If you've ever visited the campus of Louisiana State University in Baton Rouge, you've likely seen the two huge rolling mounds that appear completely out of place.

Get our free mobile app

Actually, those mounds were there first, so it could be argued that it's the LSU campus that's out of place.

But, not only were those mounds here before the campus, they were here long before Columbus discovered the Americas in 1492. They were here before Jesus walked the Earth. In fact, recent testing has just shown them to date back as far as 11,000 years, making them the oldest known man made structures on the entire North American continent.

LSU.edu writes:

The two large, grassy mounds that are about 20 feet tall, on LSU’s campus, are among the more than 800 man-made, hill-like mounds in Louisiana, built by ancient indigenous people. While many mounds in the region have been destroyed, the LSU Campus Mounds have been preserved and are listed on the National Register for Historic Places.

Speaking to the Louisiana Radio Network on the recent findings of the research, LSU Geology and Geophysics Professor Emertius Brooks Ellwood is inclined to believe the mounds on the LSU campus were a cremation site.

These Mounds Were Used For A Span Of About 5,000 Years

Studying the sediment from the base of the mounds, the material was determined to be ash from burned reed and cane plants along with charred microscopic bone fragments and radiocarbon dating samples indicate the beginning of the construction of the mounds occurred 11,000 years ago.  Ellwood said, "And the dates that we have and we have quite a number of them and the oldest is at the base of one of the mounds…as it gets higher, it gets younger.”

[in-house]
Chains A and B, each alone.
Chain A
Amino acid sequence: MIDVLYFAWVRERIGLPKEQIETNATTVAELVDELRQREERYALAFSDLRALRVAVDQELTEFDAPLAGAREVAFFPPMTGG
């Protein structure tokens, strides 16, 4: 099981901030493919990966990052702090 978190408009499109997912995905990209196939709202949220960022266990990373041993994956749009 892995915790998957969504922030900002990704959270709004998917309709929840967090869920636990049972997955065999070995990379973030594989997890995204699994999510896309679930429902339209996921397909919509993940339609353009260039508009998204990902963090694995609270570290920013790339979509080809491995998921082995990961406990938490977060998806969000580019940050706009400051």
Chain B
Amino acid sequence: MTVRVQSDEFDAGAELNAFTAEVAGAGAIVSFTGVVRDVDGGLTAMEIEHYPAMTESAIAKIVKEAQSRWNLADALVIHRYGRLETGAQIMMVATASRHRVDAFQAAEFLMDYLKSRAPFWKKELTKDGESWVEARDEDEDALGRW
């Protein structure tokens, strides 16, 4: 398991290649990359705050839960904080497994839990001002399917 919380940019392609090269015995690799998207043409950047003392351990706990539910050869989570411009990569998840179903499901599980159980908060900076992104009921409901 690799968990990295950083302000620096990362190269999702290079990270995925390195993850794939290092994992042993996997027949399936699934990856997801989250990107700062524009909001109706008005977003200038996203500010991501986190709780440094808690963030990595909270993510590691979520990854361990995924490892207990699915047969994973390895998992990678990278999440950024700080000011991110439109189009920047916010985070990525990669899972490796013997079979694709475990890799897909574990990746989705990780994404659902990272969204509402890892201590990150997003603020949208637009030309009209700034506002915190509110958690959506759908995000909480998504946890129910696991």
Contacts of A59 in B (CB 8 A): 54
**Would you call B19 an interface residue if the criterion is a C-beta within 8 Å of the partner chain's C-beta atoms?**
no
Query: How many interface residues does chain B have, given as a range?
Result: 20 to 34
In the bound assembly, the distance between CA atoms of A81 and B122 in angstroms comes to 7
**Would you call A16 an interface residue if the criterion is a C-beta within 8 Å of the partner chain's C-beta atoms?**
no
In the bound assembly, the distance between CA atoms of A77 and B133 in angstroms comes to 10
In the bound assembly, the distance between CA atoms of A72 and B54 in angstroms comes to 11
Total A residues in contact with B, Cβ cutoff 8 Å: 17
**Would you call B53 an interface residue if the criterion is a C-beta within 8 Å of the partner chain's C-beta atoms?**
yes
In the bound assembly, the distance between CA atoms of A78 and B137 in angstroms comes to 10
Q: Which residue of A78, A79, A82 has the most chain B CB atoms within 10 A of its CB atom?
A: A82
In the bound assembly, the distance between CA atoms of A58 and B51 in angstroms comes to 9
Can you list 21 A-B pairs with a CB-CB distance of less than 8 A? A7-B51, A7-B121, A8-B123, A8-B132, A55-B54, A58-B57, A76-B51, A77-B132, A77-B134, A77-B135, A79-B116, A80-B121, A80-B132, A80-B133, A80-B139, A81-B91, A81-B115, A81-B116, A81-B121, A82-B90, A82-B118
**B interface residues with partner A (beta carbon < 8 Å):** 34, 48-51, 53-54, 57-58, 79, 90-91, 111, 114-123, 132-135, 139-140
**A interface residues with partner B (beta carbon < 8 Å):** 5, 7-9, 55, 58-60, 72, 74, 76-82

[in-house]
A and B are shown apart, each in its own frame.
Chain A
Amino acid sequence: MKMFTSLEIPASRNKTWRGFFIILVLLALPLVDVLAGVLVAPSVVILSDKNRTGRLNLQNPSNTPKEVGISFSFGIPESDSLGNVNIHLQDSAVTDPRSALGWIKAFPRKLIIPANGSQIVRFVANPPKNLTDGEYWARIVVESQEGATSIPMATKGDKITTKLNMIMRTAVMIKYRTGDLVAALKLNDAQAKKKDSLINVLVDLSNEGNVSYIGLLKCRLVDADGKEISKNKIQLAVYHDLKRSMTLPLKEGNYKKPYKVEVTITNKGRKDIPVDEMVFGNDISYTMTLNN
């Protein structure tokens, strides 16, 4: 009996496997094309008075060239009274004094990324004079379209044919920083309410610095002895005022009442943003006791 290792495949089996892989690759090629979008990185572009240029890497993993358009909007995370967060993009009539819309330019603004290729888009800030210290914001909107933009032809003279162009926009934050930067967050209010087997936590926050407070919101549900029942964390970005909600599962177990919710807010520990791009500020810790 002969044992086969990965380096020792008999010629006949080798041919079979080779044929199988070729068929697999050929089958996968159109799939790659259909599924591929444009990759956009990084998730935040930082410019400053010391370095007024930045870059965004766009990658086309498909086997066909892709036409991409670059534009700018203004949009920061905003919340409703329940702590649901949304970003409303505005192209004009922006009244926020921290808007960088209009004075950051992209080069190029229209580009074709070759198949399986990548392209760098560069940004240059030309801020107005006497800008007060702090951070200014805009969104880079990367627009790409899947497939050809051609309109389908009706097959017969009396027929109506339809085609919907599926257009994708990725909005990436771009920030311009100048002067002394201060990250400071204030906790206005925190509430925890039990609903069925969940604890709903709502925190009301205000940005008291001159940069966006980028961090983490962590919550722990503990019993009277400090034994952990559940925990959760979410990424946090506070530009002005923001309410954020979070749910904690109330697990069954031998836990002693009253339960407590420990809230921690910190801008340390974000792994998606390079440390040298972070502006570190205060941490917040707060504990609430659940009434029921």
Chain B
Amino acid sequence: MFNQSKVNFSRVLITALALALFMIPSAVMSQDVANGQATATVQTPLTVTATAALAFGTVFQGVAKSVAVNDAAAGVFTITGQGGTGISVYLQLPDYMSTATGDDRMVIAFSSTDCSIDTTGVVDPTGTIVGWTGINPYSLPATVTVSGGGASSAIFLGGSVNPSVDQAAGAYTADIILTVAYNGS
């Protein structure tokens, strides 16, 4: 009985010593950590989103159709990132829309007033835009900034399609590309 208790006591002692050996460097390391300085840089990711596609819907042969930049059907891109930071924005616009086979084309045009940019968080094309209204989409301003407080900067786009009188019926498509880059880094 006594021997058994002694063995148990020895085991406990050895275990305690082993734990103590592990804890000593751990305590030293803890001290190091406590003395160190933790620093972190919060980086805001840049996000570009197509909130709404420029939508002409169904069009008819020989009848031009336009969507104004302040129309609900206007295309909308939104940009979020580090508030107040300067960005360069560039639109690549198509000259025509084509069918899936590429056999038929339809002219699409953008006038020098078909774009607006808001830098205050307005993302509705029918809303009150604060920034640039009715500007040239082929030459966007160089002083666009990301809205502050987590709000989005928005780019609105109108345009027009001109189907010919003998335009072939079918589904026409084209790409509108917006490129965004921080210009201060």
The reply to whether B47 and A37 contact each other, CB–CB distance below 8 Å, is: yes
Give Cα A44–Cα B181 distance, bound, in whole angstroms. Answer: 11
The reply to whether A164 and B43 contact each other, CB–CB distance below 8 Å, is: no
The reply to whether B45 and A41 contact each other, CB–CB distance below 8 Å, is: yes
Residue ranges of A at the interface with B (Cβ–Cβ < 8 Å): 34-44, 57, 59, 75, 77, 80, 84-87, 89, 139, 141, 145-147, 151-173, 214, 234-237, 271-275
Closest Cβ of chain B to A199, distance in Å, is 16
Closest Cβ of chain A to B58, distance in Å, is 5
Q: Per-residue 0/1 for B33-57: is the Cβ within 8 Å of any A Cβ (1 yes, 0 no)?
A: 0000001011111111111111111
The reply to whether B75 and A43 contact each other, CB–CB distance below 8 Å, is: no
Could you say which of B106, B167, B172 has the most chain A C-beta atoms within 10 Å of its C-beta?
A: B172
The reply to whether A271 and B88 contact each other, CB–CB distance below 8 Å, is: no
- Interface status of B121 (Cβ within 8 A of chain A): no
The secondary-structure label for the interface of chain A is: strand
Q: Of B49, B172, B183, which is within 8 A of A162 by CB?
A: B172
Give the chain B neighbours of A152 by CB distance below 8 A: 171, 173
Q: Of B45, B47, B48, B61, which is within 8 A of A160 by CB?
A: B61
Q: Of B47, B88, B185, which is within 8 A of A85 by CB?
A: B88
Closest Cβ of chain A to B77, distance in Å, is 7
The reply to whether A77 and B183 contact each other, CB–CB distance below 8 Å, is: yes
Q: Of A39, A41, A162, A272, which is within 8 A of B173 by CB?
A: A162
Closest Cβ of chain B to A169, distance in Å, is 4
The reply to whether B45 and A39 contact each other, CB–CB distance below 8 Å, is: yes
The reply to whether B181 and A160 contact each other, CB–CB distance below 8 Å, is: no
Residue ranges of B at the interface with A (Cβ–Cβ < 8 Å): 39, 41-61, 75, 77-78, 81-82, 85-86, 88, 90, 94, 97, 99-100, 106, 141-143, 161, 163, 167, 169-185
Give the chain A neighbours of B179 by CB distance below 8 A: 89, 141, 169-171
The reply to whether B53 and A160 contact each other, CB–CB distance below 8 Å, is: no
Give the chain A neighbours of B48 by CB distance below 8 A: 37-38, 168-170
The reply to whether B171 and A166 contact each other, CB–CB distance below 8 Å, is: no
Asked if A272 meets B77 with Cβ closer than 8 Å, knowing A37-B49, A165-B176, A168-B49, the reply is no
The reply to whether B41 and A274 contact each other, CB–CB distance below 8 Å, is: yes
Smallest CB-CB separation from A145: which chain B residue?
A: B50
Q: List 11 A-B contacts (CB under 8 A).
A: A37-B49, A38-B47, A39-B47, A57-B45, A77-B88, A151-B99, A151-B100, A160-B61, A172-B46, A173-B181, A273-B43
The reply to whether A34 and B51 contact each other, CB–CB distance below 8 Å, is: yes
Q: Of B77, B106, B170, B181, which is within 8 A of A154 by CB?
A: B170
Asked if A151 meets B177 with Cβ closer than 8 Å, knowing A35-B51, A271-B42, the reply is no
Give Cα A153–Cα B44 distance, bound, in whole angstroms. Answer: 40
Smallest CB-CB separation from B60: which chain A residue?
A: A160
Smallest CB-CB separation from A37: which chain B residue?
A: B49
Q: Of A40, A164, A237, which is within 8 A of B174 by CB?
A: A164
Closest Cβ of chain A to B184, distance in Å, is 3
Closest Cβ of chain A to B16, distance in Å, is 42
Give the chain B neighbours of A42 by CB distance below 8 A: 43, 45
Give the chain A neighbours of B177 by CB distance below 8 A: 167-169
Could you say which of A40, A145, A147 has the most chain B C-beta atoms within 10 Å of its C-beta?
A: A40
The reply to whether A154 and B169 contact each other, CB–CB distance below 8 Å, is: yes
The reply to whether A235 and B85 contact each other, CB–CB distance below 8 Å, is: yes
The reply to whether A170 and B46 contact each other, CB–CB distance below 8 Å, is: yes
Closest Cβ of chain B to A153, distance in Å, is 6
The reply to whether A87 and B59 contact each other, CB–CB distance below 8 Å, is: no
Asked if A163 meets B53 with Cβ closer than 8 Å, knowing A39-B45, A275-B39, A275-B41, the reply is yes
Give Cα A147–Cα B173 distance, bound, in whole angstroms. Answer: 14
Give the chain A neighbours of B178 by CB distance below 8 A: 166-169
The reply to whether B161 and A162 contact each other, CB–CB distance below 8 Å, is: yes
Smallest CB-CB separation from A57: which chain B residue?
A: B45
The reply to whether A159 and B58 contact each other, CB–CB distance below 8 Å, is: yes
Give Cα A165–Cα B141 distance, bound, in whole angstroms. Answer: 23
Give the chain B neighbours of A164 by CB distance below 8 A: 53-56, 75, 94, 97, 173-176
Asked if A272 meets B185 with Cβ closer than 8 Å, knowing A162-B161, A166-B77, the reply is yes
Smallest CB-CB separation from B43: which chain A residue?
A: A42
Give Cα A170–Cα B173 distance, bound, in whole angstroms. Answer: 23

Though scientists don't speculate what type of mammals were cremated or why, they do feel that burning reed and cane plants to make large, hot fires that would have been too hot for cooking, so the mounds must have been ceremonial.

As Ellwood indicated, the farther up the mound that samples were taken, the more recent the material was dated and all indications are that the construction of the mounds ended approximately 6,000 years ago.

It Got Extremely Cold In Louisiana About 8,000 Years Ago

The same research also showed other incredible findings like:

Tree roots found in the 8,200-year-old sediment layer indicate that the mound was not used for about 1,000 years. Also around 8,200 years ago, the northern hemisphere experienced a major climate event with temperatures suddenly dropping on average by about 35 degrees Fahrenheit, which lasted about 160 years.

 

“We don’t know why they abandoned the mounds around 8,200 years ago, but we do know their environment changed suddenly and dramatically, which may have affected many aspects of their daily life,” Ellwood said.

Read more about this amazing research and LSU's analysis of the data in the study HERE

LOOK: Stunning vintage photos capture the beauty of America's national parks

Today these parks are located throughout the country in 25 states and the U.S. Virgin Islands. The land encompassing them was either purchased or donated, though much of it had been inhabited by native people for thousands of years before the founding of the United States. These areas are protected and revered as educational resources about the natural world, and as spaces for exploration.

Keep scrolling for 50 vintage photos that show the beauty of America's national parks.

LOOK: The most expensive weather and climate disasters in recent decades

Stacker ranked the most expensive climate disasters by the billions since 1980 by the total cost of all damages, adjusted for inflation, based on 2021 data from the National Oceanic and Atmospheric Administration (NOAA). The list starts with Hurricane Sally, which caused $7.3 billion in damages in 2020, and ends with a devastating 2005 hurricane that caused $170 billion in damage and killed at least 1,833 people. Keep reading to discover the 50 of the most expensive climate disasters in recent decades in the U.S.

More From Highway 98.9